Woman vs. Artificial Intelligence: the LEGO Challenge

On human creativity, AI Hype vs. Reality, and the power of play. Read until the end for a Realists twist

Woman vs. Artificial Intelligence: the LEGO Challenge

Realist or Technophobe?

People who cast a critical look on technological progress are often quickly dismissed as Luddites or killjoys. Never mind that the myth of Luddites has been thoroughly debunked (recommended read: The Luddites Were Onto Something).

But I get it: exposing the detrimental side of technology and mass media may make one appear as a curmudgeon, someone is only capable of criticizing things instead of offering positive takes on the world. After my latest post – Visions of the Future – I realized I could fall into that category: about being someone who can easily critique things and only bring up the dangers of this brave new technological world. Far from it: as I often say, the mission of The Realists is to make people use technology in a more mindful way, without being used by it.

This week’s post is about a potentially bright, positive use of machine learning that feels like magic – and it’s the perfect example of technological advancements put to good use.

But there is a twist: my first draft of this post is from Tuesday, three days ago. I think it may be appropriate to format this essay diary-style, because there have been crucial developments along the way.

Tuesday February 13: A positive use case of machine learning: LEGO & Brickit

Last week, while catching up with my super talented friend Tara, the conversation turned to LEGOs. I was telling her how these days my little one and I play with LEGOs for at least an hour a day every day, after I pick her up from pre-school. Pure bliss for me. (Side note: for convenience’s sake I will refer to My Child as “MC” from now on.)

Tara asked me: “Have you heard of Brickit?”

I had not.

Brickit is an app - built by a dad - that uses machine learning to scan and analyze LEGO pieces scattered on the floor and offers numerous build ideas: houses, objects, vehicles and characters that can be constructed with the pieces you have.

In one word, magic.

How could I have not heard of it? My happy place is the LEGO store. I have been obsessed with LEGOs since my childhood. Before having a child of my own, when I still had a lot of free time, I could spend hours on weekend afternoons building expert sets and also creating miniature vignettes (for Christmas 2017 I created LEGO vignettes for each family member - they were a huge success). At home in Paris and at my parents’ house in Italy, I have LEGOs meticulously organized in transparent acrylic drawers, sorted by color.

My favorite set is the Palace Cinema, which I tweaked and personalized, to make it appear it is screening my film The Illusionists:

My custom made LEGO Palace Cinema, showing my film's poster and the marquee announcing a screening of The Illusionists with a Q&A with the director
My custom made LEGO Palace Cinema, showing my film's poster and the marquee announcing a screening of The Illusionists with a Q&A with the director
My character in the cinema's screening room, standing before a real still from my documentary The Illusionists on the big screen
My character in the cinema's screening room, standing before a real still from my documentary The Illusionists on the big screen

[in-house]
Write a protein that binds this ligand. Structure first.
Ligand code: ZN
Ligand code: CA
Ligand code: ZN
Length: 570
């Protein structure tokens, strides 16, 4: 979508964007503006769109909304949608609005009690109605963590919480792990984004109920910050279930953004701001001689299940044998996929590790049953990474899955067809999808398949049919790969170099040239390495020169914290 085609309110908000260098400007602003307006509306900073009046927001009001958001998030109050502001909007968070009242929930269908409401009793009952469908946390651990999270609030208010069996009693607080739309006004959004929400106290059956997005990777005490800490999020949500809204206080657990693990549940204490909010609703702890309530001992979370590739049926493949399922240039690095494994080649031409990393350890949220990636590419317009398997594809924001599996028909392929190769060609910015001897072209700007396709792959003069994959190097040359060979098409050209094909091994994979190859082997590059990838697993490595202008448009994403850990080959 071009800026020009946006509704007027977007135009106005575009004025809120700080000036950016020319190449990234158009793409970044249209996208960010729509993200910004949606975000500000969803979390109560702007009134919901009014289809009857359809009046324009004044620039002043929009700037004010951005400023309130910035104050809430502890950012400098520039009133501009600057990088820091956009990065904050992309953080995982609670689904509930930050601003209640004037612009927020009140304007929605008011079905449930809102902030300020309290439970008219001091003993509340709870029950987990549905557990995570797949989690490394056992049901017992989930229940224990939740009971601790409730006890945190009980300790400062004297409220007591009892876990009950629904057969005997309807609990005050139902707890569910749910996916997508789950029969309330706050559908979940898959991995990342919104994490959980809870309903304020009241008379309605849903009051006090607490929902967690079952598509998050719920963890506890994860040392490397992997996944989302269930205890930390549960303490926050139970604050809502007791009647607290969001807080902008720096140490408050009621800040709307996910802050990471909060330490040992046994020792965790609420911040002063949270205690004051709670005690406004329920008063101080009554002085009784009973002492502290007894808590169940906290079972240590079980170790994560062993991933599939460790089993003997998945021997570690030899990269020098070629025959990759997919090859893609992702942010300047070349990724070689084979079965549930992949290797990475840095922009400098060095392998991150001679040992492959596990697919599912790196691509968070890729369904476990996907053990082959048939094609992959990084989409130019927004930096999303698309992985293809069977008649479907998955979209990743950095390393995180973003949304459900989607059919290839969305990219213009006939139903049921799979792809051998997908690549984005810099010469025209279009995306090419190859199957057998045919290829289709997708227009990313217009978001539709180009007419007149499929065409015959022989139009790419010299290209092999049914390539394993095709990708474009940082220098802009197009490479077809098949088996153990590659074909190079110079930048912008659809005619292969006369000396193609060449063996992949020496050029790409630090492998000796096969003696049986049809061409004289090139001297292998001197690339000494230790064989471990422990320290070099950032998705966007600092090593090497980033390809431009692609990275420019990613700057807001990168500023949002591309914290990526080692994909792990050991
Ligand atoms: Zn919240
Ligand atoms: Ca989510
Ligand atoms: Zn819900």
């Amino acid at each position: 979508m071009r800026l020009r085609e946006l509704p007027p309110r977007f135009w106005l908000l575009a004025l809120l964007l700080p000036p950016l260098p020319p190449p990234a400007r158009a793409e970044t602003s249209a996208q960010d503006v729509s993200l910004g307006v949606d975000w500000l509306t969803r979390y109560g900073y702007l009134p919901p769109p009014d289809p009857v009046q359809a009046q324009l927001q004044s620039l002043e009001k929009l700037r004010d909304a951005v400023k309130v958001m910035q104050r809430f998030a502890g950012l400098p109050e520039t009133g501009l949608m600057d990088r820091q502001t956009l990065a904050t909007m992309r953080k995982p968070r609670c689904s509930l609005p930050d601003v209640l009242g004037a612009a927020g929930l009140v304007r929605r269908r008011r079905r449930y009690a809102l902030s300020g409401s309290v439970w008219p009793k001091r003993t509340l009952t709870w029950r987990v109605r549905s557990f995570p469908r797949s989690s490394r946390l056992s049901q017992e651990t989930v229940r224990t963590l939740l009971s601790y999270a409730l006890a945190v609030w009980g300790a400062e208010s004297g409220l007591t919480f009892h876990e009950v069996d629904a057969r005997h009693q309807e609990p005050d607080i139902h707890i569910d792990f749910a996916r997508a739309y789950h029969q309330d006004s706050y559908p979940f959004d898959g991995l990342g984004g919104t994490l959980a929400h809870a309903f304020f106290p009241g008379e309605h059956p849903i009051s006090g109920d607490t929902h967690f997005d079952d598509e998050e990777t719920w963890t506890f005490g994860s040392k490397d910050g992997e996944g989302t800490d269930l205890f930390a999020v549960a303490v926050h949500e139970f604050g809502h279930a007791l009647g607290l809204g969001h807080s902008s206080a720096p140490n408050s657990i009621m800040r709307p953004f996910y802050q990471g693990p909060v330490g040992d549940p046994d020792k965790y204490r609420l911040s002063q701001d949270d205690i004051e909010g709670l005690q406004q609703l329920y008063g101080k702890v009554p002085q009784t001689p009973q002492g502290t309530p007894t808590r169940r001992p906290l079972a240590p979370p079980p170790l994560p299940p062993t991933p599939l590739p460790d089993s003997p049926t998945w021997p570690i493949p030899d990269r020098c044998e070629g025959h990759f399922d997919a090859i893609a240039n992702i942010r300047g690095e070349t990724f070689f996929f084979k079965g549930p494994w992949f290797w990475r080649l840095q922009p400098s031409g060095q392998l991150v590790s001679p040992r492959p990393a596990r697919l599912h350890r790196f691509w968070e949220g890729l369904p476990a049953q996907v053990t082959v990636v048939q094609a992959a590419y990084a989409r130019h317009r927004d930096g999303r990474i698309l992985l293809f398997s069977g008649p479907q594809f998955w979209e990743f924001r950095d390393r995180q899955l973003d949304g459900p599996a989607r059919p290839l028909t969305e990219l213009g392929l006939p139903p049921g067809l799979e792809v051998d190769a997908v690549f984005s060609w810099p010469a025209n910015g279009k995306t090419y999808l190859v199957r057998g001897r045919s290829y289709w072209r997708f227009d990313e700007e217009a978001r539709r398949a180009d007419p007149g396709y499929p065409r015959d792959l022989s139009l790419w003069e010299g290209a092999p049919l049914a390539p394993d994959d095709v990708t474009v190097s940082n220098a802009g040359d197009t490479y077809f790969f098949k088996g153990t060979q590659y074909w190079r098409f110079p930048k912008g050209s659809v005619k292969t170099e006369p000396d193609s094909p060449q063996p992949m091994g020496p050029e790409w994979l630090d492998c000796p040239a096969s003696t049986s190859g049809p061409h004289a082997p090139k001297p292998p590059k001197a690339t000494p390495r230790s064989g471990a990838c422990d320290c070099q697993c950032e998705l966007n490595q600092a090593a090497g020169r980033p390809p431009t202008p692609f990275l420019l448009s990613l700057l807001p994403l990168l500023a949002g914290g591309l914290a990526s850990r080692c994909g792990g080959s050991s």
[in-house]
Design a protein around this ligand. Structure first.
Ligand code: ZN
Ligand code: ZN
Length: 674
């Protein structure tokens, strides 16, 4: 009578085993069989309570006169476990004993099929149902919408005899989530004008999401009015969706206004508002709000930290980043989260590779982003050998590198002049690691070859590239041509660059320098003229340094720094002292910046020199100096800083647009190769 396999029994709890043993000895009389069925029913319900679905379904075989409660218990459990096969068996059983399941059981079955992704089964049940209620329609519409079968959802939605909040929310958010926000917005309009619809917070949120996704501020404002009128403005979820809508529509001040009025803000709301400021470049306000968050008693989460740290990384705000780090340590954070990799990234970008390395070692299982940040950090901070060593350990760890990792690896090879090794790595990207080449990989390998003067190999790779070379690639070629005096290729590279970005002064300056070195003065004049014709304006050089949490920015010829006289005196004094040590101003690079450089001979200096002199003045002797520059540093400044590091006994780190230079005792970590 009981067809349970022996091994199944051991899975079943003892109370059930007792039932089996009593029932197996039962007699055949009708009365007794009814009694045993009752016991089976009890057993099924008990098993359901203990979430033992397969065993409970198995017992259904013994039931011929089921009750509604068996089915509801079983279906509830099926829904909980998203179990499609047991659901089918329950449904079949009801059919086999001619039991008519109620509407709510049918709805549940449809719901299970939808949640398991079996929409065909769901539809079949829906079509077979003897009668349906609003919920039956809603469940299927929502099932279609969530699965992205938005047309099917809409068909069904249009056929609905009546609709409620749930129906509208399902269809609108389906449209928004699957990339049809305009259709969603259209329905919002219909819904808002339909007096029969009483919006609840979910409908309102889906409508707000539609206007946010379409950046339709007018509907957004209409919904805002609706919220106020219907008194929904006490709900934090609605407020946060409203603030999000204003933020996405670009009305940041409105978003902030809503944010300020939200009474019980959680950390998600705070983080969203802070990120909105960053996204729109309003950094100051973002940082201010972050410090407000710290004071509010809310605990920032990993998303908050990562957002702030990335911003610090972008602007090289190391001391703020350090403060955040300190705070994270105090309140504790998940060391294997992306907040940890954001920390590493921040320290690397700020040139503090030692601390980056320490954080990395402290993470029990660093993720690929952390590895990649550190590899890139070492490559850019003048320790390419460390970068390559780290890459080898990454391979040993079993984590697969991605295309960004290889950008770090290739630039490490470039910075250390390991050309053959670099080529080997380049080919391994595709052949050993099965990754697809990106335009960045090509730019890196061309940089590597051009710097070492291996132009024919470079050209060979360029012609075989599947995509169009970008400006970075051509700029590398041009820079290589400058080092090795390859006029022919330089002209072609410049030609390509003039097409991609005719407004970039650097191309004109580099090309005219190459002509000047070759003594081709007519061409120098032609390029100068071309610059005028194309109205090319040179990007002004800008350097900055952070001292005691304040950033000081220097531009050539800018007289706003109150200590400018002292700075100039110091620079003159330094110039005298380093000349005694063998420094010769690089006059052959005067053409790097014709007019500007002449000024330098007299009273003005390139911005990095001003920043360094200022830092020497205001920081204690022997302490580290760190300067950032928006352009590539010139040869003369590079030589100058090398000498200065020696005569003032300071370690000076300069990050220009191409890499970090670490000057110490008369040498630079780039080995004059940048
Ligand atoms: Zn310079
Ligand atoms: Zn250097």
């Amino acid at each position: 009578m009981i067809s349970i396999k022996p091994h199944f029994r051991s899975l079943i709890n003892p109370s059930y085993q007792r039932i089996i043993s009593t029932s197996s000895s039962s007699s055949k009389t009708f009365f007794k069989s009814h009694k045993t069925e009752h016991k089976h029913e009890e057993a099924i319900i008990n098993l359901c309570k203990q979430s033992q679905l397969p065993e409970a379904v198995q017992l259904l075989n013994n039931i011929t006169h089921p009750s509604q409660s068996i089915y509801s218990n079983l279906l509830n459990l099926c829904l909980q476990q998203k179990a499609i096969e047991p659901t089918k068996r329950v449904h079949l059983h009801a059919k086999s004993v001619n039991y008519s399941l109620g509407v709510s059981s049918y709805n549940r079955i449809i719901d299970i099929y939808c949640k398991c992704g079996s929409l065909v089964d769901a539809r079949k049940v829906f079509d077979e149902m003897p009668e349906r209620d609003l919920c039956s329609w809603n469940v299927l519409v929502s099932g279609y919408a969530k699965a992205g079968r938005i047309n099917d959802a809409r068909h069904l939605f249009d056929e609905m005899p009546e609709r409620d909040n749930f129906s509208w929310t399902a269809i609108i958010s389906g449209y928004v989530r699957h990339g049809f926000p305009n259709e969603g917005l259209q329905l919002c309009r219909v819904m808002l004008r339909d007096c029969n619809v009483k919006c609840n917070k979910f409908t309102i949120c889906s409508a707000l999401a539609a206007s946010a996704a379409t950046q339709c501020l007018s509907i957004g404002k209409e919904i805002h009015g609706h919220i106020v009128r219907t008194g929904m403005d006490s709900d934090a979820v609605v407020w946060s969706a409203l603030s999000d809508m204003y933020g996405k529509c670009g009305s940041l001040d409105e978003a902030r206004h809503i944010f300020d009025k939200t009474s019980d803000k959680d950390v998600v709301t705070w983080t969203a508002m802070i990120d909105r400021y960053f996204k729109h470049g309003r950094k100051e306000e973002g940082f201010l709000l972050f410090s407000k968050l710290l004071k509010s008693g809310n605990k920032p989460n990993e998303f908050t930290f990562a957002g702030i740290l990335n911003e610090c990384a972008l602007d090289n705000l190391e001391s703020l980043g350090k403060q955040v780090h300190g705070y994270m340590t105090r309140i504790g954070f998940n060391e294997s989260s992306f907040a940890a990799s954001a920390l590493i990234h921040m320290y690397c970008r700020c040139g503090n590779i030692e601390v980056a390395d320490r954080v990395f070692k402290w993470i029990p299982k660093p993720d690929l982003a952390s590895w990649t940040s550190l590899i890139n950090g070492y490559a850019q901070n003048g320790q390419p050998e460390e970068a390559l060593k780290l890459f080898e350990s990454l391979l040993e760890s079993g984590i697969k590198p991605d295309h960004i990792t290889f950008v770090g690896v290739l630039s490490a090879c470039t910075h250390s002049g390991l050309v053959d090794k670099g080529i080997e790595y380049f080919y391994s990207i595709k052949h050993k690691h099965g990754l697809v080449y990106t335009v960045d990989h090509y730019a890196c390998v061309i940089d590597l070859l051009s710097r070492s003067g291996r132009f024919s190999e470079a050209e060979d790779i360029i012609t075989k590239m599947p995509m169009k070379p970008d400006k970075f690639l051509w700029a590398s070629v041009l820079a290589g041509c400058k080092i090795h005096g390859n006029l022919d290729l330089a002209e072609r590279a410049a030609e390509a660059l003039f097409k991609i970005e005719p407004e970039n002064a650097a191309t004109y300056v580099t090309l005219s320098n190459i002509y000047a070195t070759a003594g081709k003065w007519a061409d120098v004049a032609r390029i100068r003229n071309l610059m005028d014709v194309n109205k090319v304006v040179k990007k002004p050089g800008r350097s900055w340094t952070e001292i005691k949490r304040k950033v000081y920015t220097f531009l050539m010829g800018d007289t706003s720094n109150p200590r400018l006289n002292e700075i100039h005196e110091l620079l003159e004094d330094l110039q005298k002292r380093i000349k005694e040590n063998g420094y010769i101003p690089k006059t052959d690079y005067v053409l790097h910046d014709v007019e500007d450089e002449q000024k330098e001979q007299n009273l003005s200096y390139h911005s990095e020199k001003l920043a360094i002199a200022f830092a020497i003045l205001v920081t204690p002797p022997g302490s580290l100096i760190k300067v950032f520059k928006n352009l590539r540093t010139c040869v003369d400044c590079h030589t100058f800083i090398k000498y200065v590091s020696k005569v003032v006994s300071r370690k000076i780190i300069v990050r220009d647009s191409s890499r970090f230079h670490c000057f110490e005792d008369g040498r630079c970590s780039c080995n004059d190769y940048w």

Brickit is set to revolutionize my life.

My childhood LEGO collection has dozens of sets that I carefully preserved through the years. And now that my child is a fellow LEGO aficionada, we have thousands of pieces waiting to be used for interesting construction projects.

I downloaded Brickit right after the end of my phone call with Tara. And I literally gasped when I watched the video tutorial from the app:

An official video from Brickit showing how the app works

I can’t wait to use it with my own LEGO collection.

Wednesday February 14: The case for creative play

I spend about six hours a day with my child - before / after school - during MC’s waking hours. As I explained in a previous post, all screens and devices are put away when I’m with MC. In the baby and early toddler years we would spend a lot of time with friends at the park… and reading books at home. Now, during the winter months, with chilly temperatures outside and parks closing earlier as the night falls, we can play with LEGOs for hours.

Our Paris living room table is invaded by LEGO homes, an ice cream shop, a prison, a tram, dozens of characters and accessories (special thanks to my husband for being very supportive of this passion).

We have countless hours of fun and creative play away from screens. Time simply flies. And it’s adorable to see MC creating storylines around the lives of LEGO characters and making them talk among themselves. Studies have shown the benefits of playing with LEGOs – to nurture creativity, spatial awareness, collaboration, perseverance and self-confidence (recommended read: 10 Incredible Benefits of Playing with Lego).

I’ve never pressured MC to play with LEGOs. Far from it. I suppose she’s been intrigued by them since there are so many sets around our house - and the creative possibilities are endless. The first time MC saw me disassemble a LEGO house she was concerned. “Mom you broke it!” I reassured her I had not broken the house, but just taken the pieces apart, so I could built a new, different house. I wish I could have taken a picture of her reaction. A mix of awe and glee.